Dissolved inorganic carbon cycling in the offshore Amazon River plume and the western tropical North Atlantic ocean
Cooley, Sarah Rebecca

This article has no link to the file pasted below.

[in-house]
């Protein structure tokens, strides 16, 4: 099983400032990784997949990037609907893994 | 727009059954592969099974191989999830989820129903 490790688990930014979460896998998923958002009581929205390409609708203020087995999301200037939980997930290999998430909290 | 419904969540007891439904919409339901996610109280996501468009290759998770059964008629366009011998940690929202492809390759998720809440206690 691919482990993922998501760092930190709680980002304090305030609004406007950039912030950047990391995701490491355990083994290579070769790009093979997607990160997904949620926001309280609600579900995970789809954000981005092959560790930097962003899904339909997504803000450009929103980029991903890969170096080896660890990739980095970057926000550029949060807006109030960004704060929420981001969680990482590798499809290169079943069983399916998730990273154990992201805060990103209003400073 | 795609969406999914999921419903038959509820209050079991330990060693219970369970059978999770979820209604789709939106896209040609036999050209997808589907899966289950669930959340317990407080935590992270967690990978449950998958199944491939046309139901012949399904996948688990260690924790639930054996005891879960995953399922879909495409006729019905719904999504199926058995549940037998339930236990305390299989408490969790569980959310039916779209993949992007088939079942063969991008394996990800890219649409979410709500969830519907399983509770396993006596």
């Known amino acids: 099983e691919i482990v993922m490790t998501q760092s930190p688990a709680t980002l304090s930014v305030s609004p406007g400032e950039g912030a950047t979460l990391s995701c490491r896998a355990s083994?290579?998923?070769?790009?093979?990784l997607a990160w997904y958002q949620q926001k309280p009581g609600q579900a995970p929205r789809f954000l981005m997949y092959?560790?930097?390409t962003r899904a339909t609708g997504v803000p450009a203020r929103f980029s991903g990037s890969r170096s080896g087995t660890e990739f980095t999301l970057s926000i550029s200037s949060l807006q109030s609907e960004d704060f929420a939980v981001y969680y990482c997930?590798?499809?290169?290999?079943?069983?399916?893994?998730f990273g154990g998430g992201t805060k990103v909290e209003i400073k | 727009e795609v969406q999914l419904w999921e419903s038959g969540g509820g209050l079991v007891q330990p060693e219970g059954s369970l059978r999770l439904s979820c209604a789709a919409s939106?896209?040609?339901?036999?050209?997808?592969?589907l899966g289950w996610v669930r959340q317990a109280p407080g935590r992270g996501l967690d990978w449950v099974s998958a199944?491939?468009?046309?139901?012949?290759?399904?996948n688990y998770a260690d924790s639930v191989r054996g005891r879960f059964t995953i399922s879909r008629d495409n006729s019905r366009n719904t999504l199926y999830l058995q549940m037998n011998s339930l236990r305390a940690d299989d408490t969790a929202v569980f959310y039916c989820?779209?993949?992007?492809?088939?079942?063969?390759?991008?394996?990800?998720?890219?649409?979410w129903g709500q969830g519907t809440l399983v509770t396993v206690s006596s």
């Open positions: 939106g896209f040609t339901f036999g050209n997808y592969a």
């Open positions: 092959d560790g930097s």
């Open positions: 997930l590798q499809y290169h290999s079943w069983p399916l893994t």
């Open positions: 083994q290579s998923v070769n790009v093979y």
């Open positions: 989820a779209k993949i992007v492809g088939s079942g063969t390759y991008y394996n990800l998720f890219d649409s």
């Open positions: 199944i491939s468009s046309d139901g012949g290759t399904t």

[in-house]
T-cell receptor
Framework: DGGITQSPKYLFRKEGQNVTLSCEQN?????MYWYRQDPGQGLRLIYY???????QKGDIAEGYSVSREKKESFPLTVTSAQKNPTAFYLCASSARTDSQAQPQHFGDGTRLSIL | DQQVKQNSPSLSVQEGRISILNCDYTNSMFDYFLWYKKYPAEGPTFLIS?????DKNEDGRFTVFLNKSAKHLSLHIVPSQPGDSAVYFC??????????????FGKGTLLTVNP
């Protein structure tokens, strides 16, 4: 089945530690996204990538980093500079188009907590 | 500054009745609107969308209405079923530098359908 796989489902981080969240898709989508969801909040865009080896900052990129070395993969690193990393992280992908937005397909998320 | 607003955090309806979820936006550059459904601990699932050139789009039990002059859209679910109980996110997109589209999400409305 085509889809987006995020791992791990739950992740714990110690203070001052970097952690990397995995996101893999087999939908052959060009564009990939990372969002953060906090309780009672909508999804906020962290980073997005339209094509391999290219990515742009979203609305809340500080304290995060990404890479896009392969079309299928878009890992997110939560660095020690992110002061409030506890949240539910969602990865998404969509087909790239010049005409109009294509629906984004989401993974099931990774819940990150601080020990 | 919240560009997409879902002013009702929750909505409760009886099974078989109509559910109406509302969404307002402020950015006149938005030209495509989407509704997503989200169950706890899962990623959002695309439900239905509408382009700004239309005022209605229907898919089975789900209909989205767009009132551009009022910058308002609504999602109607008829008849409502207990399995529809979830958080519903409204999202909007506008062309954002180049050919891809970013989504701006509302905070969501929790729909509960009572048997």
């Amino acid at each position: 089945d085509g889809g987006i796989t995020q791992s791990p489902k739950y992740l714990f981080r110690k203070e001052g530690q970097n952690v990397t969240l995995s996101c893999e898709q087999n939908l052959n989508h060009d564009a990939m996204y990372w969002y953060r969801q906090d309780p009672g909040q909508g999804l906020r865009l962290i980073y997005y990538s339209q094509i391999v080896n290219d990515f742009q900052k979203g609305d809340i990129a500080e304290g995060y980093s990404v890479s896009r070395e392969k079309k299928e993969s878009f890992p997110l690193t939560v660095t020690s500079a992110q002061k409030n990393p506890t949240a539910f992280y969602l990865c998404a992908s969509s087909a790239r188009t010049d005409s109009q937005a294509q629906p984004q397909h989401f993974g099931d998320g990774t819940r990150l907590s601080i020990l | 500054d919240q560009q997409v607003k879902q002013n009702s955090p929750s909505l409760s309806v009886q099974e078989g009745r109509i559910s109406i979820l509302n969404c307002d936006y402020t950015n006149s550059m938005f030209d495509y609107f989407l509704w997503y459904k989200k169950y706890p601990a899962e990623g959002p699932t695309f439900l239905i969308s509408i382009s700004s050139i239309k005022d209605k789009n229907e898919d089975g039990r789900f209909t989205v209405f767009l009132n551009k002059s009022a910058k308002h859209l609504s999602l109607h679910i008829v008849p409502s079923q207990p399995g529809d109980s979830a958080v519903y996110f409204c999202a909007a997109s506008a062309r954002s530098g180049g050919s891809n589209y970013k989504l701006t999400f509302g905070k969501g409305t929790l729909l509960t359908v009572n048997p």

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The Amazon River discharges low-salinity, low-carbon water into the western tropical North Atlantic (WTNA), where the resultant plume stretches thousands of kilometers offshore and creates a sink for atmospheric carbon dioxide (CO2). The presence of a carbon sink in tropical oceans is noteworthy because tropical waters typically release CO2 to the atmosphere; the relative contributions of physical mixing and biological production must be understood, however, before the potential for changes in the magnitude of the sink can be determined. Biological production and subsequent export is the only process in tropical waters that can lead to a long-term sequestration of atmospheric carbon. This dissertation combines observational data and modeling studies to quantify the major inorganic carbon fluxes through the WTNA, so that the Amazon plume-related carbon sink can be understood mechanistically. I first distinguish between physical and biological effects on CO2 in the offshore plume using observational data, and find that biological drawdown is greatest in association with diazotroph-containing diatoms. Then I determine the relative importance of seasonality in plume supply or processing on the offshore plume-related atmospheric carbon sink, and conclude that although supply of inorganic carbon to the Amazon plume does vary through the year, offshore biological processing year-round has the greatest capacity to alter the magnitude of the sink, although its impact may vary depending on meteorological control. Finally, I examine the role of mixing at the edge of the plume, to understand the ultimate fate of the plume-related deficit in inorganic carbon. Vertical mixing is too small to completely eliminate plume-related inorganic carbon deficits, and horizontal advection and mixing must occur to bring plume water to nonplume conditions in the observed lifetime of the plume. As a result, the Amazon River plume-associated deficit may reduce WTNA inorganic carbon efflux beyond the borders of its low-salinity plume.